- Growth media: ATCC-formulated Dulbecco's Modified Eagle's Medium (DMEM). Fetal bovine serum to a final concentration of 10% must be added to DMEM to make the complete growth medium.

- Temperature: 37.0°C

Project review

Group 1-Synaptic Junction

  • Intro – Add ganglia to glossary? May be a labelled diagram showing the general anatomy of neuron, axon, ganglion, synaptic junction etc would be more illustrative and saves words.
  • History – has there been any discoveries after 1981?
  • What is a synaptic junction-Good use of diagrams and descriptions are clear and concise.
  • Types of synaptic junctions – Great summary at the end put into a table. How they function may be better illustrated by a video.
  • Synaptic Integration and Modulation – Brief description of what synaptic integration and modulation are at the beginning of the section may be helpful in providing the context to later contents. I assume that the content under subtitle “The action potential and summation” describes synaptic integration? “IPSPs or EPSPs” shouldn’t be abbreviated the first time they appear though I can see the full name in Glossary section.
  • Neurotransmitters – this section is greatly done! I like the combination of brief paragraphs, use of table and picture
  • Diseases Associated with Synaptic Junctions Dysfunctions – Medical jargons such as “substantia nigra”, ”lewy bodies” might be difficult for non-medical readers to understand. Add to the glossary in the end or links to external website may be helpful. Overall I think this section is too medical, it’ll be a great section for a med assignment but for cell biology I think there’s a bit too much information.
  • Current and Future Research and Developments – One or two more studies would be great; otherwise this section is well written and presented.

Group 2-Gap Junction

  • Intro – very good introduction as it gives an overview of different type of junctions. The description of the composition and different types of gap junctions is very clear in this section. Good choice of pictures, very easy to interprete.
  • History – this section is very thoroughly done, great work!
  • Structure – Description is logical and easy to follow, however more detailed information regarding connexins and what they are made of may be desirable.
  • Functional role of gap junctions – How does the different types of connexin affect their function and specialization? At the end of the section you mendtioned that it’s due to the different types and properties of connexins and their expressions, would a more detailed decription on that be good?
  • Location – Good descriptions. More pictures on specific strctures (eg intercalated disks instead of a pic of whole heart) would be good.
  • Comparison – don’t think this table of comparison is really necessary.
  • The last two sections are very well written. Glossary part should be expanded by including more words such as oligodendricytes, cochlea etc.

Group 3-Tight Junction

  • The page content is very well structured and descriptions are very logical and accessible. Good use of pictures.
  • Disease – the introduction to this section is well written. However, for the table, specific mechanisms involving tight junction in the disease process relating to a few diseases would be better than a rather long list of diseases.
  • Addition of current and future researches may be necessary.
  • Glossary can be expanded by adding terms such as anastomosing etc

Group 4-Desmosome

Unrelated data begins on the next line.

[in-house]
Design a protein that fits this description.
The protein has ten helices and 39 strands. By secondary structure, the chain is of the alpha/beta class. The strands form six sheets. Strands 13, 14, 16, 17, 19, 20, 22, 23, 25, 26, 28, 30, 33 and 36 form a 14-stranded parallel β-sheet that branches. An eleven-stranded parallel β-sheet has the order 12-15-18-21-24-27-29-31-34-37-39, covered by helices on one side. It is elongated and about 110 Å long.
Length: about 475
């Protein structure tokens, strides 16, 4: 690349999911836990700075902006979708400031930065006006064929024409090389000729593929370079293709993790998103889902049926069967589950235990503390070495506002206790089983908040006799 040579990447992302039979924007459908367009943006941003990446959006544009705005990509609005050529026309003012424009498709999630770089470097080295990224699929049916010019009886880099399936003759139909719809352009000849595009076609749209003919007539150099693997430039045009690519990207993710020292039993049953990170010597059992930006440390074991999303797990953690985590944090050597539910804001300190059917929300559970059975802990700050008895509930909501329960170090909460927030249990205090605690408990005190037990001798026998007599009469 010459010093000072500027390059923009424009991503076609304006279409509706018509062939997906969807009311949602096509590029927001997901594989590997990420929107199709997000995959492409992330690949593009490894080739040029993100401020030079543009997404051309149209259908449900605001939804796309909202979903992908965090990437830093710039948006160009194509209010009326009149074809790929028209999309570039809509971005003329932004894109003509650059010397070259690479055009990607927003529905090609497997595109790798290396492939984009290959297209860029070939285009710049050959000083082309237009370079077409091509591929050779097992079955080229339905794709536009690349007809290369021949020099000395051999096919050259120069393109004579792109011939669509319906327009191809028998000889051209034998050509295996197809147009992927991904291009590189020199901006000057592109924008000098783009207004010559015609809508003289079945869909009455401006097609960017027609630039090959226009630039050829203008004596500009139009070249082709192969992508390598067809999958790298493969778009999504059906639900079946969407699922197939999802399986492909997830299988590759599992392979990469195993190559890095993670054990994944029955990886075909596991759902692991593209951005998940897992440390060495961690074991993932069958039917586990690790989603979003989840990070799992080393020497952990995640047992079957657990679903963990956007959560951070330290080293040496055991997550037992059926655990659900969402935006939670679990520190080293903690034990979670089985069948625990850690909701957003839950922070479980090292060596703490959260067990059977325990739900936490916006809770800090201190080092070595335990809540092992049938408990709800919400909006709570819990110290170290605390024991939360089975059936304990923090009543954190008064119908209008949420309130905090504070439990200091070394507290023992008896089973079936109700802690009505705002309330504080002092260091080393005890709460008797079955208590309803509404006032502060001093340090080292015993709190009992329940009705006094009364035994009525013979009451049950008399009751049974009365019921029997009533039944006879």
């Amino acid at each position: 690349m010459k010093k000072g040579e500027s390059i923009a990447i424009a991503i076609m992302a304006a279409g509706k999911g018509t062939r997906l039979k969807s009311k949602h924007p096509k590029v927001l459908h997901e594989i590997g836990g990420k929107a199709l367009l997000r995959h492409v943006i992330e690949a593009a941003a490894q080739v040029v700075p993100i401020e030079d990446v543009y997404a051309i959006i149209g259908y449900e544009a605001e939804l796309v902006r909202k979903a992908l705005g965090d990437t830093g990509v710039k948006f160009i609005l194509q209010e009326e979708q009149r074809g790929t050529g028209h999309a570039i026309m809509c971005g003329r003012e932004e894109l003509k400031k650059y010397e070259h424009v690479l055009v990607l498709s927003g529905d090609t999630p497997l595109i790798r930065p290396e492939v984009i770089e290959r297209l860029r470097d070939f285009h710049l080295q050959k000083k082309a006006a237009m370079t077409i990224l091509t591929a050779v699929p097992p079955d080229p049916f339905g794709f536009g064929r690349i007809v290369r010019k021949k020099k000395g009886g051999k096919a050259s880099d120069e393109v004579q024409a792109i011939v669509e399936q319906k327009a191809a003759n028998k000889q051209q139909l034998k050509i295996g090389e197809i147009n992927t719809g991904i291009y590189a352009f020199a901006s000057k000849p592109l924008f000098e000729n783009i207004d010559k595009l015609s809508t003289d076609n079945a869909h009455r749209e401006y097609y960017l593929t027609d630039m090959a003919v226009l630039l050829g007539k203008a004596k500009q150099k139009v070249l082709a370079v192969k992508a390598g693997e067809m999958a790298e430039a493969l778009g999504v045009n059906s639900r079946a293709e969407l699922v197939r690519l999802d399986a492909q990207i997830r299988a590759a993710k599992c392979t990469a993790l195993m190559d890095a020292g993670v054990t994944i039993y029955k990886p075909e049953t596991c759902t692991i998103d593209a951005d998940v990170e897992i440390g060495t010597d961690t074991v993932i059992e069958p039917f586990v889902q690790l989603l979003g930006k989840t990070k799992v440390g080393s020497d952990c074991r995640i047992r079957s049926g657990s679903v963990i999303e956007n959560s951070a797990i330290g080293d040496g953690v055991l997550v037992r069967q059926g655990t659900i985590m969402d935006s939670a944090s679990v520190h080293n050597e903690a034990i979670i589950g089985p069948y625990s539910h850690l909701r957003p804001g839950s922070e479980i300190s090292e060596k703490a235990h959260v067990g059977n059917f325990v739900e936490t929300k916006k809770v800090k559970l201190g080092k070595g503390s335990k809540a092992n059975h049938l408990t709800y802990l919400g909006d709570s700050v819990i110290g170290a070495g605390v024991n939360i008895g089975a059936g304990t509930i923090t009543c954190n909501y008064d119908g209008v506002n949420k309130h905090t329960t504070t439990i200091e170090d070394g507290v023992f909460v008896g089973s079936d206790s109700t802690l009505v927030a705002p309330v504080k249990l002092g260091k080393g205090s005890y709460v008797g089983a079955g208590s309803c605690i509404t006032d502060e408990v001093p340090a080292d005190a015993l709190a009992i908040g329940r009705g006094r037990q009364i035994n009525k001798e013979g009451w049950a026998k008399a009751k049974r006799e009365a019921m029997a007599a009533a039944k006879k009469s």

• Intro – needs more general description of desmosomes, its structure and function as well as a line or two on introducing the following content.
  • History – very extensive and no huge gaps in between.
  • Structure – The intro in this part could be simplified and maybe moved to the introduction section?
  • Function – addition of dot points might help to simplify the information and make it easy to read.
  • Related Diseases – one or two more diseases in this section would be good. Brief prevalence and treatment for each disease would be desirable.
  • Glossary – needs expansion by including words like haploinsufficiency etc.
  • Current research – more studies may be added.

Group 5-Adherens Junctions

  • Intro – A picture of adherens junction would be appealing and more illustrative.
  • History – is there more discoveries in between the time periods?
  • Structure and Function – Format some of the information into dot points may be helpful to condense down the key information. Addition of figures in the Function section or videos may be more illustrative. Also subheadings could make the both sections easier to read.
  • Importance and Regulation – subheadings.
  • Abnormalities in Disease – I like the layout of this section. But how does the underlying cellular pathogenesis of UC and CC lead to the clinical manifestation of these two diseases?
  • Current Research – this section is very good.
  • Other types of Cell Junctions – is this section necessary?
  • Glossary – There’s no definition of homophilic binding

Work Area

Shan

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Change internal link's name

J of Cell Biology Homepage

PubMed Link http://www.ncbi.nlm.nih.gov/pubmed/

PubMed

PubMed Link http://www.ncbi.nlm.nih.gov/pubmed/

PubMed

Identification and functional analysis of NOL7 nuclear and nucleolar localization signals.

Zhou G, Doçi CL, Lingen MW.

BMC Cell Biol. 2010 Sep 27;11:74.

PMID:20875127

Guolin Zhou, Colleen L Doçi, Mark W Lingen Identification and functional analysis of NOL7 nuclear and nucleolar localization signals. BMC Cell Biol.: 2010, 11;74 PubMed 20875127


This is a sample reference. [2]

reference list

  1. Dario I Carrasco, Edyta K Bichler, Kevin L Seburn, Martin J Pinter Nerve terminal degeneration is independent of muscle fiber genotype in SOD1 mice. PLoS ONE: 2010, 5(3);e9802 PubMed 20339550
  2. Guolin Zhou, Colleen L Doçi, Mark W Lingen Identification and functional analysis of NOL7 nuclear and nucleolar localization signals. BMC Cell Biol.: 2010, 11;74 PubMed 20875127